Crazy Patents

There are some things you come across and have to shake your head at in wonderment, even if you are no stranger in a strange land and thus not suffering from cognitive dissonance. Some of them may seem ordinary to you affect-blunted modernists, but try and imagine that you are looking at them through the eyes of a  curious five year old child.

First, the chastity belt. Invented by the insecure swashbucklers who brought us the Crusades. Mentioned in passing in that terribly engaging book by Umberto Eco about the millennia old conspiracy to take over everything (Foucault’s Pendulum).

Second, the iron maiden. A metal coffin layered with nasty metal spikes, into which devout Christians blithely enclosed those poor souls predestined to die a horrible death. Slam the lid shut, and kiss your favorite heretic goodbye.

Third, the cat o’ nine tails. One whip wasn’t enough, apparently, and Master Tyree was bored, so after a few pints of rum and a weevil-infested biscuit he crafted a device that caught on like gangbusters in the Royal Navy and sparked a worldwide craze in scarification.

High heels. A diabolical creation from that same mutant Chinese who came up with foot binding. Apparently there is an unspoken consensus that women should not be able to run, or run away, which is entirely ignored by Deena Kastor, Paula Radcliffe, and hordes of women everywhere, including that 92-year-old woman who just ran the Honolulu Marathon. For every woman who loves her Manolos there is a Kenyan running barefoot in the mountains.

The whalebone corset. Another oldie but goodie from the Victorian era. All women should have 16 inch waists like Molly Bloom before she developed a taste for cream puffs. And men should, correspondingly, imitate the long-extinct passenger pigeon and puff out their tubercular 28 inch chests like Leopold Bloom.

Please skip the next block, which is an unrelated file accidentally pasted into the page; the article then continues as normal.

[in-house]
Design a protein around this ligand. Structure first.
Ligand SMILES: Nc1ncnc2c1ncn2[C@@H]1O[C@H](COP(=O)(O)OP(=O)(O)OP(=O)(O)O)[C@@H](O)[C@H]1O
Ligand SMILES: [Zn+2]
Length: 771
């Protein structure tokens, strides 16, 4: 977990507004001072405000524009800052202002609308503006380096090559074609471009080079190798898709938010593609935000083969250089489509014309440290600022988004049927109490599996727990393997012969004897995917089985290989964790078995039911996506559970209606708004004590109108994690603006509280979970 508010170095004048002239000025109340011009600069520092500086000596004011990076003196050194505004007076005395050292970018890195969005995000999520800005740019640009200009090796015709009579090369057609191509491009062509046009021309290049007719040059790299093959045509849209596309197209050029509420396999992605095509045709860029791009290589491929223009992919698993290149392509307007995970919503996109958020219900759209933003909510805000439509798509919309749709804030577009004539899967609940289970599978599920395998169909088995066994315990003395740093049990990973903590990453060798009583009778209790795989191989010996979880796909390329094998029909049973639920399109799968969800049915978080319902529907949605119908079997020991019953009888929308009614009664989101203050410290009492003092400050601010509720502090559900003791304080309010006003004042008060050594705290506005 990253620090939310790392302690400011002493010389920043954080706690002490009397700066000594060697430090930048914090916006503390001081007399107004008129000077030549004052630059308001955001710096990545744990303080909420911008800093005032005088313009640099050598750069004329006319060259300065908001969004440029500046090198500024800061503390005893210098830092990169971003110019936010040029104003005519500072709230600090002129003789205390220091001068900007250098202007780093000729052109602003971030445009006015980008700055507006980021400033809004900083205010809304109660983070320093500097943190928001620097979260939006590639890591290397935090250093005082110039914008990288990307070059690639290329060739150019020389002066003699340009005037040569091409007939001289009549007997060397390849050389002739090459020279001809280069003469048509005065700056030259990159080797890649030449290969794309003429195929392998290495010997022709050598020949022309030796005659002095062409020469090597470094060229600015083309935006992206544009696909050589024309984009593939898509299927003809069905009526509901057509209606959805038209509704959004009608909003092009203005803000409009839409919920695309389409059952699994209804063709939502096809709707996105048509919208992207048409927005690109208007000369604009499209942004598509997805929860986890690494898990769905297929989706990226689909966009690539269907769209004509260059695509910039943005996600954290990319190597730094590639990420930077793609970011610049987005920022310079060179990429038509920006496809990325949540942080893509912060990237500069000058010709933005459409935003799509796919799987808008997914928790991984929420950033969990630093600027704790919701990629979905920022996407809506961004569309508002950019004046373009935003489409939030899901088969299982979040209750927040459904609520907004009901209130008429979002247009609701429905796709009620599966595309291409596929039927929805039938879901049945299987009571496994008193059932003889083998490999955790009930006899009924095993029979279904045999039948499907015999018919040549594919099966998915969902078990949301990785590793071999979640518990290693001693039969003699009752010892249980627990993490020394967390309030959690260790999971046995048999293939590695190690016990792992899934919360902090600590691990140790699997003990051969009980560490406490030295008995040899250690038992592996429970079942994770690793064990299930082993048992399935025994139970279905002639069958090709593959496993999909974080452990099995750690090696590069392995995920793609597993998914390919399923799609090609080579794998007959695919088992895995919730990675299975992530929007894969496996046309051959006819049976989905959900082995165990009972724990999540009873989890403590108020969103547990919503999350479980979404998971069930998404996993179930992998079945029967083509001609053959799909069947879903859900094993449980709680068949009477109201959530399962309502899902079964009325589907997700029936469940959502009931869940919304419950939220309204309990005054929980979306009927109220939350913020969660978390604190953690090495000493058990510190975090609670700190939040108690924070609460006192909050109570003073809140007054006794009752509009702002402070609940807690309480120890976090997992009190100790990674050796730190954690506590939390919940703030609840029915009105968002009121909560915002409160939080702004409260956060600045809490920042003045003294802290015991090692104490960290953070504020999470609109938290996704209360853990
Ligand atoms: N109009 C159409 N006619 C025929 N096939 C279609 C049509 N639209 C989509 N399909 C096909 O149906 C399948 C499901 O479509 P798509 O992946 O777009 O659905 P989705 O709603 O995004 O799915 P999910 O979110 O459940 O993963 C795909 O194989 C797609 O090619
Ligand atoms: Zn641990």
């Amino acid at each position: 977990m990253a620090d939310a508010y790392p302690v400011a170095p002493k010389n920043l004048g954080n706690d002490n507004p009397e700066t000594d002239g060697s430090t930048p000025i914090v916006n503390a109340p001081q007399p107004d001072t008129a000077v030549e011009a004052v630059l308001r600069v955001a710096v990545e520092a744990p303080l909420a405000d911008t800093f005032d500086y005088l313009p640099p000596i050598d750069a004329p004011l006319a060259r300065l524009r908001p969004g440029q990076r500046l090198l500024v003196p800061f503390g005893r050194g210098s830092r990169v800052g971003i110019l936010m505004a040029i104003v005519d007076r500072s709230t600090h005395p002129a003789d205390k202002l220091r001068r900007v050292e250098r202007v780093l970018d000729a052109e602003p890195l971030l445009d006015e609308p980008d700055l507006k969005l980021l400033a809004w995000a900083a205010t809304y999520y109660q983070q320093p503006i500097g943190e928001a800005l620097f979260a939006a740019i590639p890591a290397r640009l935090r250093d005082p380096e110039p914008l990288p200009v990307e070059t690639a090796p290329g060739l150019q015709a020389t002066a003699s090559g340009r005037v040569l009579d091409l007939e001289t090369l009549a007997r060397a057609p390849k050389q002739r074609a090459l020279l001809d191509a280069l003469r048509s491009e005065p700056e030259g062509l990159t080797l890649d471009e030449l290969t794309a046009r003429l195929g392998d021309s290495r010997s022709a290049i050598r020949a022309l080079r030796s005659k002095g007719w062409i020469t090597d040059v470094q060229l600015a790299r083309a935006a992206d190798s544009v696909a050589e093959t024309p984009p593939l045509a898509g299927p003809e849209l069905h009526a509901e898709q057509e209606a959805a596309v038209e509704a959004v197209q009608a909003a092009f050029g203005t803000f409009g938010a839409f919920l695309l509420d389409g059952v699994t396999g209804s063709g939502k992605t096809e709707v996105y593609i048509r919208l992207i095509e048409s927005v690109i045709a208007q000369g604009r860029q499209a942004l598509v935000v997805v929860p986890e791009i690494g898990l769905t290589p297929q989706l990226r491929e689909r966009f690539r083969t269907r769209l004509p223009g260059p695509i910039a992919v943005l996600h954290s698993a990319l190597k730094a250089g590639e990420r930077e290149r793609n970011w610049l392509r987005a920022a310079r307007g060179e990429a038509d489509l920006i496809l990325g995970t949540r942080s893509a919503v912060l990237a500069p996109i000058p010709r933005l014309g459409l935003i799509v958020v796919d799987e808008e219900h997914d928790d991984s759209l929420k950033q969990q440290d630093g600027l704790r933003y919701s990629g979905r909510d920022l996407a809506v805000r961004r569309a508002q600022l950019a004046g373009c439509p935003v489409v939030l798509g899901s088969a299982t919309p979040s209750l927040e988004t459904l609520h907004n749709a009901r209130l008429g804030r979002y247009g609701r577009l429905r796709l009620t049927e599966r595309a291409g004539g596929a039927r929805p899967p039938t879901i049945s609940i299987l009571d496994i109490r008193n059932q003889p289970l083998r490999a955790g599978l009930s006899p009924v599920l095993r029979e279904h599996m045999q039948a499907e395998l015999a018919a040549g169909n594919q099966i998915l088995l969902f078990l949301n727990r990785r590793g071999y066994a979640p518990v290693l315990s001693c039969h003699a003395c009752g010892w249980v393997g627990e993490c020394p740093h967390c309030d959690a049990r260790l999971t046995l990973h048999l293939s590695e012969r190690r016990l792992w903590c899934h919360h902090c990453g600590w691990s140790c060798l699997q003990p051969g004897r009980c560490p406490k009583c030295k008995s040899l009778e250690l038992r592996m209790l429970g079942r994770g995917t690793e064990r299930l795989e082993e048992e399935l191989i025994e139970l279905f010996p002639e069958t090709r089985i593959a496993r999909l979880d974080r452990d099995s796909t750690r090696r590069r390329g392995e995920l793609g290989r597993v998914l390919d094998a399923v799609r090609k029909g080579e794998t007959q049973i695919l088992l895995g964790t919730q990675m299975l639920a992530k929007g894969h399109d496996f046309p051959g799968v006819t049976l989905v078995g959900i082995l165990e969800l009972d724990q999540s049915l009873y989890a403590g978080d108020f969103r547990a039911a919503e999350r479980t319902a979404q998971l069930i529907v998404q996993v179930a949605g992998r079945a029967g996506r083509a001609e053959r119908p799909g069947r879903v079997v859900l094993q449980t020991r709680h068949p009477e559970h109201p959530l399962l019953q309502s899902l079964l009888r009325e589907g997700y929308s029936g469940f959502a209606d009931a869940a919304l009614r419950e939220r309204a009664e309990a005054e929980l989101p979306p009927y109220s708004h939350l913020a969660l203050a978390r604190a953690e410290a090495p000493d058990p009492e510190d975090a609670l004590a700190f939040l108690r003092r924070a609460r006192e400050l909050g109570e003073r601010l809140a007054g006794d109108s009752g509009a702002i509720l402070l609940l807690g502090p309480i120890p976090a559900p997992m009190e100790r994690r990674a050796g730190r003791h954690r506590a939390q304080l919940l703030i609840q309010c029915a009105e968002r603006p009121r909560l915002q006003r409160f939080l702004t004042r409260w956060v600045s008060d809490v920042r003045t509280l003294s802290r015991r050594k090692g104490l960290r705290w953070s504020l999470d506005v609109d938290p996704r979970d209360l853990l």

Brylcreem. From the artificial spelling designed for easy trademarking to the entirely unnatural nature of the product itself, I am appalled and repelled. Yet fascinated. Its popularity with Royal Air Force pilots in World War II led to their nickname, The Brylcreem Boys. Ironically, Tony Gibson, the model shown in RAF uniform to advertise Brylcreem during World War II, was an anarchist and conscientious objector. My favorite use of Brylcreem’s “a little dab’ll do ya” jingle? That would be Nicholson channeling genius in One Flew Over the Cuckoo’s Nest just before they hit him with 50,000 volts.

And speaking of crazy ideas, what’s crazier than pouring lightning into someone’s head to see if it makes him feel better? Golfers flee the course holding 1-irons over their heads as the rain crashes down (on the theory that even God can’t hit a 1-iron), but our best scientific minds give us electrocution as a cure for what ails us while Texas tries to wear out Old Sparky. Vas ist los mit dat, meine freunde?

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